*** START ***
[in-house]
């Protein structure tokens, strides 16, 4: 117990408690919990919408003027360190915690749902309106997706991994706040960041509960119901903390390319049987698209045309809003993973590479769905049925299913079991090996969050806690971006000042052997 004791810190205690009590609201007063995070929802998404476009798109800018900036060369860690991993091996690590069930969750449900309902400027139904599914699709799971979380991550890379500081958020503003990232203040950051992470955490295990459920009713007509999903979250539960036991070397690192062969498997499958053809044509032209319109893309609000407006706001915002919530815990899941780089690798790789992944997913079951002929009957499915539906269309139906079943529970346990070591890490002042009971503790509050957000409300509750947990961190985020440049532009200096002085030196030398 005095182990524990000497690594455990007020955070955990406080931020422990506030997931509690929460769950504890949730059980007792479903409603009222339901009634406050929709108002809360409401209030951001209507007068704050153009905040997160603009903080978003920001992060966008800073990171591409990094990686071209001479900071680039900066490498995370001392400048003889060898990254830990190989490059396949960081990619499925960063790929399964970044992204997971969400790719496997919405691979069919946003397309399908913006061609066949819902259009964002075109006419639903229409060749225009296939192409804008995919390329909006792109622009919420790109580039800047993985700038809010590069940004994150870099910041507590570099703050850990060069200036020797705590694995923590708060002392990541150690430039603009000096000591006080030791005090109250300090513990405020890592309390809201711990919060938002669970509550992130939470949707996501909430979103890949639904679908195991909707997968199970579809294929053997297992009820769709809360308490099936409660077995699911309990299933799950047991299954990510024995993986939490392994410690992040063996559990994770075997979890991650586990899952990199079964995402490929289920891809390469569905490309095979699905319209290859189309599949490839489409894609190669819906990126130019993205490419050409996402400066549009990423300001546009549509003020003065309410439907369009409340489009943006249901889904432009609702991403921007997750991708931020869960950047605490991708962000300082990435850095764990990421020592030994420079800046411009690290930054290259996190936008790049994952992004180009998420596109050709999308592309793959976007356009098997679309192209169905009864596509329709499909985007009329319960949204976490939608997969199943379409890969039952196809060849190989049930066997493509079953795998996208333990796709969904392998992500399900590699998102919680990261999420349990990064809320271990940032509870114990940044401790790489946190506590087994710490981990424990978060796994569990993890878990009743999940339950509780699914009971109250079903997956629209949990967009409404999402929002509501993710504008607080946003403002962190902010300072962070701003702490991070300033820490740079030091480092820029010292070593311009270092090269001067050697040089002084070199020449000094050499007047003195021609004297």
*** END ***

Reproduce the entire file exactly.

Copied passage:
[in-house]
């Protein structure tokens, strides 16, 4: 117990408690919990919408003027360190915690749902309106997706991994706040960041509960119901903390390319049987698209045309809003993973590479769905049925299913079991090996969050806690971006000042052997 004791810190205690009590609201007063995070929802998404476009798109800018900036060369860690991993091996690590069930969750449900309902400027139904599914699709799971979380991550890379500081958020503003990232203040950051992470955490295990459920009713007509999903979250539960036991070397690192062969498997499958053809044509032209319109893309609000407006706001915002919530815990899941780089690798790789992944997913079951002929009957499915539906269309139906079943529970346990070591890490002042009971503790509050957000409300509750947990961190985020440049532009200096002085030196030398 005095182990524990000497690594455990007020955070955990406080931020422990506030997931509690929460769950504890949730059980007792479903409603009222339901009634406050929709108002809360409401209030951001209507007068704050153009905040997160603009903080978003920001992060966008800073990171591409990094990686071209001479900071680039900066490498995370001392400048003889060898990254830990190989490059396949960081990619499925960063790929399964970044992204997971969400790719496997919405691979069919946003397309399908913006061609066949819902259009964002075109006419639903229409060749225009296939192409804008995919390329909006792109622009919420790109580039800047993985700038809010590069940004994150870099910041507590570099703050850990060069200036020797705590694995923590708060002392990541150690430039603009000096000591006080030791005090109250300090513990405020890592309390809201711990919060938002669970509550992130939470949707996501909430979103890949639904679908195991909707997968199970579809294929053997297992009820769709809360308490099936409660077995699911309990299933799950047991299954990510024995993986939490392994410690992040063996559990994770075997979890991650586990899952990199079964995402490929289920891809390469569905490309095979699905319209290859189309599949490839489409894609190669819906990126130019993205490419050409996402400066549009990423300001546009549509003020003065309410439907369009409340489009943006249901889904432009609702991403921007997750991708931020869960950047605490991708962000300082990435850095764990990421020592030994420079800046411009690290930054290259996190936008790049994952992004180009998420596109050709999308592309793959976007356009098997679309192209169905009864596509329709499909985007009329319960949204976490939608997969199943379409890969039952196809060849190989049930066997493509079953795998996208333990796709969904392998992500399900590699998102919680990261999420349990990064809320271990940032509870114990940044401790790489946190506590087994710490981990424990978060796994569990993890878990009743999940339950509780699914009971109250079903997956629209949990967009409404999402929002509501993710504008607080946003403002962190902010300072962070701003702490991070300033820490740079030091480092820029010292070593311009270092090269001067050697040089002084070199020449000094050499007047003195021609004297």